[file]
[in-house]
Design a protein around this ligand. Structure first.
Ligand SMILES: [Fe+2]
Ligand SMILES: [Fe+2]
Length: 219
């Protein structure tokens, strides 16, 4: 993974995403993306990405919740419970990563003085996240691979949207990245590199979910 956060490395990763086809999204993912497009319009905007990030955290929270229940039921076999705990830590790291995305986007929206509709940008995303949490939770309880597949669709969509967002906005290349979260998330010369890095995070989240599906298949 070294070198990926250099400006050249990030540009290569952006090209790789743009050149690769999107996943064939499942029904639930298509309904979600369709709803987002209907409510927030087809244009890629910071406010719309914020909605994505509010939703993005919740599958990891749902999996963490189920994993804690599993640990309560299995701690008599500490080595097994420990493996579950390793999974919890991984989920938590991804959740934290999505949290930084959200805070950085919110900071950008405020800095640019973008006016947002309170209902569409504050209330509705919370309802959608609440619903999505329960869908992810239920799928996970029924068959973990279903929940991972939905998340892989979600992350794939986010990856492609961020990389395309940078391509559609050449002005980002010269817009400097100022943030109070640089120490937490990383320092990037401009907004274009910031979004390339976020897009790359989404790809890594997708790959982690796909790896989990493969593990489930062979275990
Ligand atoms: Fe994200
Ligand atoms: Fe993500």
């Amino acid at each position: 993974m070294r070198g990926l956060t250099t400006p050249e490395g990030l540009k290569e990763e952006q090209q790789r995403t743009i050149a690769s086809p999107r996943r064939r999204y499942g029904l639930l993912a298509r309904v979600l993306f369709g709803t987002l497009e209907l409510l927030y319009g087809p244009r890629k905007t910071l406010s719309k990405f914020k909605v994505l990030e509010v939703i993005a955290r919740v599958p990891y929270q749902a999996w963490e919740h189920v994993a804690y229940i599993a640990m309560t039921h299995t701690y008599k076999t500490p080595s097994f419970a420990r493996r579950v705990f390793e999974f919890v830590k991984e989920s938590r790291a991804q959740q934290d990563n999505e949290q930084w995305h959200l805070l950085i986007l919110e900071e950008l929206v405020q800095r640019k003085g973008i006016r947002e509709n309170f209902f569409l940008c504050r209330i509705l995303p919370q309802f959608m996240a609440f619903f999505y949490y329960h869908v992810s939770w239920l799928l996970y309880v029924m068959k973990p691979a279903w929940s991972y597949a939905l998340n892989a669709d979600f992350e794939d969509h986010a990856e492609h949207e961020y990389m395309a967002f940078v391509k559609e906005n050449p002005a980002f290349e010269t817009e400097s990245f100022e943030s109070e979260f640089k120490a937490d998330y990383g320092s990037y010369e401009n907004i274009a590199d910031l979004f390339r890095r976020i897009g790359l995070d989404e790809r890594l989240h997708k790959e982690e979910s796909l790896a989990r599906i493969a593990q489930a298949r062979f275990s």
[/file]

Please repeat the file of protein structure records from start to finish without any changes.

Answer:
[in-house]
Design a protein around this ligand. Structure first.
Ligand SMILES: [Fe+2]
Ligand SMILES: [Fe+2]
Length: 219
């Protein structure tokens, strides 16, 4: 993974995403993306990405919740419970990563003085996240691979949207990245590199979910 956060490395990763086809999204993912497009319009905007990030955290929270229940039921076999705990830590790291995305986007929206509709940008995303949490939770309880597949669709969509967002906005290349979260998330010369890095995070989240599906298949 070294070198990926250099400006050249990030540009290569952006090209790789743009050149690769999107996943064939499942029904639930298509309904979600369709709803987002209907409510927030087809244009890629910071406010719309914020909605994505509010939703993005919740599958990891749902999996963490189920994993804690599993640990309560299995701690008599500490080595097994420990493996579950390793999974919890991984989920938590991804959740934290999505949290930084959200805070950085919110900071950008405020800095640019973008006016947002309170209902569409504050209330509705919370309802959608609440619903999505329960869908992810239920799928996970029924068959973990279903929940991972939905998340892989979600992350794939986010990856492609961020990389395309940078391509559609050449002005980002010269817009400097100022943030109070640089120490937490990383320092990037401009907004274009910031979004390339976020897009790359989404790809890594997708790959982690796909790896989990493969593990489930062979275990
Ligand atoms: Fe994200
Ligand atoms: Fe993500």
């Amino acid at each position: 993974m070294r070198g990926l956060t250099t400006p050249e490395g990030l540009k290569e990763e952006q090209q790789r995403t743009i050149a690769s086809p999107r996943r064939r999204y499942g029904l639930l993912a298509r309904v979600l993306f369709g709803t987002l497009e209907l409510l927030y319009g087809p244009r890629k905007t910071l406010s719309k990405f914020k909605v994505l990030e509010v939703i993005a955290r919740v599958p990891y929270q749902a999996w963490e919740h189920v994993a804690y229940i599993a640990m309560t039921h299995t701690y008599k076999t500490p080595s097994f419970a420990r493996r579950v705990f390793e999974f919890v830590k991984e989920s938590r790291a991804q959740q934290d990563n999505e949290q930084w995305h959200l805070l950085i986007l919110e900071e950008l929206v405020q800095r640019k003085g973008i006016r947002e509709n309170f209902f569409l940008c504050r209330i509705l995303p919370q309802f959608m996240a609440f619903f999505y949490y329960h869908v992810s939770w239920l799928l996970y309880v029924m068959k973990p691979a279903w929940s991972y597949a939905l998340n892989a669709d979600f992350e794939d969509h986010a990856e492609h949207e961020y990389m395309a967002f940078v391509k559609e906005n050449p002005a980002f290349e010269t817009e400097s990245f100022e943030s109070e979260f640089k120490a937490d998330y990383g320092s990037y010369e401009n907004i274009a590199d910031l979004f390339r890095r976020i897009g790359l995070d989404e790809r890594l989240h997708k790959e982690e979910s796909l790896a989990r599906i493969a593990q489930a298949r062979f275990s």